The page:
Many people don’t like thinking about Christmas until the beginning of December – I know I don’t! However, there are a few things that need to be prepared well in advance for them to be at their peak for the big day. Christmas cake, sloe gin, piccalilli and home-made mincemeat are just a few.
I’m very fussy about my mincemeat; I don’t like it to be overly citrusy – so, very little orange or lemon zest & juice and no mixed candied peel. In addition, it needs to be veggie – so can only contain vegetarian suet. The only way to ensure it tastes the way I like it is to make it myself. A very easy job and well worthwhile. It works out much cheaper than the cost of ‘luxury’ jars of the stuff in supermarkets. Once made, potted up and put away correctly, it stores unopened for years!
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Luxury home-made mincemeat
- 200g/7oz currants
- 200g/7oz raisins
- 200g/7oz sultanas
- 100g/3½oz dried cranberries
- 100g/3½oz figs, roughly chopped
- 100g/3½oz prunes, roughly chopped
- 30g/1oz blanched almonds*, roughly chopped
- 1 medium cooking apple, peeled, cored & finely diced
- 300g/10½oz muscovado sugar
- 200g/7oz vegetable suet
- zest & juice of 1 lemon
- 3tsp mixed spice
- ½tsp cinnamon
- ¼tsp nutmeg
- 6tbsp rum or brandy
- 100g/3½oz butter, cubed
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- Put all the ingredients except the alcohol into a large saucepan over a low heat
- Stir to ensure the contents are well combined and the suet and butter have melted (about 10 minutes)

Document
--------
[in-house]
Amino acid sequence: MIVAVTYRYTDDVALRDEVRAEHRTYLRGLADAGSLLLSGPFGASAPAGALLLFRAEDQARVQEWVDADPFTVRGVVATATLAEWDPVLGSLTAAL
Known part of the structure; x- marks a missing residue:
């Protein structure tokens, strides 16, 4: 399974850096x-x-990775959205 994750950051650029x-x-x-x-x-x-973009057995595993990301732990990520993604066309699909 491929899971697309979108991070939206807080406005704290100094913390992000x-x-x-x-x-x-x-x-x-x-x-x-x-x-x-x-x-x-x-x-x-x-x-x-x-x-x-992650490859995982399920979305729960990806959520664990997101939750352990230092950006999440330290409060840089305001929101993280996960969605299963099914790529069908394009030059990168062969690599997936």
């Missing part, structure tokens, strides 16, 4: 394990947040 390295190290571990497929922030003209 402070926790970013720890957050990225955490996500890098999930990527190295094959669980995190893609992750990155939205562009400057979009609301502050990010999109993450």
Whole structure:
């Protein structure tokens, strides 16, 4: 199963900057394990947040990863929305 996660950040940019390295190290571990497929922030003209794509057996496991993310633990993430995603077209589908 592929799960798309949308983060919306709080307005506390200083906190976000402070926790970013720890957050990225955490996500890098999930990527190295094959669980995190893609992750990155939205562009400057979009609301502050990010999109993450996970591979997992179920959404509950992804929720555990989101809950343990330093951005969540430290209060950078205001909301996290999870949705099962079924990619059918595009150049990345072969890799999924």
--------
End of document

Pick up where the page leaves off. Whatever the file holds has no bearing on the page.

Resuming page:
- Allow to cool completely before stirring in the alcohol
- Decant into sterilised jam jars - gently bang the bottom of each jar to fit as much of the mincemeat in as possible.
- Seal the jars immediately and store for at least a month before use
- *To blanch almonds, put them in a heat-proof bowl and cover with boiling water. Allow to stand for 1-2 minutes before draining through a sieve. Pat them dry on some kitchen paper or clean tea towel. You can quickly get the skin off one by one by pinching the broader, rounded end of the nut
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The hawthorn, or Crataegus Monogyna, is one of the latest fruiting shrubs of the year. They’re an important source of food for winter visiting birds such as redwings, fieldfares waxwings.
I’m sure they didn’t mind sharing just a few with us so we could make a couple of bottles of haw ketchup!
Some people are a bit wary of picking wild, red berries; they’re worried about whether they could be poisonous. I took a photo of the shrub to help with identification!
If you’re still unsure, here’s a close up of the berries and their leaves. The recipe we used is from Pam Corbin, aka ‘Pam the Jam’. She’s patron of The Guild of Jam and Preserve Makers, but she’s probably best known as a regular on Hugh Fearnley-Whittingstall’s TV programmes and penning the books on preserves and cakes from his River Cottage Handbook series.
- 500g/18oz haw berries
- 300ml/10½ floz cider vinegar
- 300ml/10½ fl oz water
- 170g/6oz granulated sugar
- Sea salt and freshly ground black pepper
- Wash a bottle with a vinegar-proof screw-top or stopper before putting them into an oven at 130°C/275°F/Gas mark 1. Alternatively, put both the bottle & screw-top/stopper in a large saucepan and fill with enough water to cover the bottle completely. Bring to a boil and simmer for at least 15 minutes
- Rinse the berries in a large sieve or colander and remove any stalks and leaves
- Put them in a saucepan with the vinegar and water
- Bring the mixture to a boil, lower the heat and simmer for 30 minutes, by which time the berries will have turned a dull brown and their skins will have split to reveal their yellow flesh
- Tip into a sieve over a clean pan and rub the fruit through with a spoon, leaving the skins and pips behind
- Add the sugar to the purée in the pan and heat gently, stirring until it dissolves
- Bring to a boil and simmer for 5 minutes, stirring often to ensure it doesn't catch
- Funnel the hot sauce into the hot, clean bottle and seal straight away
This sauce improves with age, so you can leave it for a few weeks before opening. Use within a year and refrigerate once open